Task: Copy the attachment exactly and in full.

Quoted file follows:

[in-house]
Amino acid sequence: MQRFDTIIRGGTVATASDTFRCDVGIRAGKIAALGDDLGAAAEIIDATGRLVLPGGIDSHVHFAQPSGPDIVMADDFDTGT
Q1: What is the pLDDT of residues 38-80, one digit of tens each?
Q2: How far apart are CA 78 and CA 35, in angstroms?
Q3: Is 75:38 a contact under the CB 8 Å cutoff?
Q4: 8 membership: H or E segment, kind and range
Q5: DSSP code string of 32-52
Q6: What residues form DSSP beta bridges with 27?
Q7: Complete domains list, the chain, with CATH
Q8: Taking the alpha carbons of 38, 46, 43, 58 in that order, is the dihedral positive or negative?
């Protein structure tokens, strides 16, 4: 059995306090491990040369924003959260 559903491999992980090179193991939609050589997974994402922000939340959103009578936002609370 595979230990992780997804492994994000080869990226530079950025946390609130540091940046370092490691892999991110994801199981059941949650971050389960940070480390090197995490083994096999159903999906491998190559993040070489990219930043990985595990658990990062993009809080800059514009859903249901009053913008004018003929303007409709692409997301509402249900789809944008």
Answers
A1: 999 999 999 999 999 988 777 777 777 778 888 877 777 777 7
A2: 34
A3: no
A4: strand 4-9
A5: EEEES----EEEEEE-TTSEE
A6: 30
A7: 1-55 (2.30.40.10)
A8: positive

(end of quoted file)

[in-house]
Amino acid sequence: MQRFDTIIRGGTVATASDTFRCDVGIRAGKIAALGDDLGAAAEIIDATGRLVLPGGIDSHVHFAQPSGPDIVMADDFDTGT
Q1: What is the pLDDT of residues 38-80, one digit of tens each?
Q2: How far apart are CA 78 and CA 35, in angstroms?
Q3: Is 75:38 a contact under the CB 8 Å cutoff?
Q4: 8 membership: H or E segment, kind and range
Q5: DSSP code string of 32-52
Q6: What residues form DSSP beta bridges with 27?
Q7: Complete domains list, the chain, with CATH
Q8: Taking the alpha carbons of 38, 46, 43, 58 in that order, is the dihedral positive or negative?
């Protein structure tokens, strides 16, 4: 059995306090491990040369924003959260 559903491999992980090179193991939609050589997974994402922000939340959103009578936002609370 595979230990992780997804492994994000080869990226530079950025946390609130540091940046370092490691892999991110994801199981059941949650971050389960940070480390090197995490083994096999159903999906491998190559993040070489990219930043990985595990658990990062993009809080800059514009859903249901009053913008004018003929303007409709692409997301509402249900789809944008």
Answers
A1: 999 999 999 999 999 988 777 777 777 778 888 877 777 777 7
A2: 34
A3: no
A4: strand 4-9
A5: EEEES----EEEEEE-TTSEE
A6: 30
A7: 1-55 (2.30.40.10)
A8: positive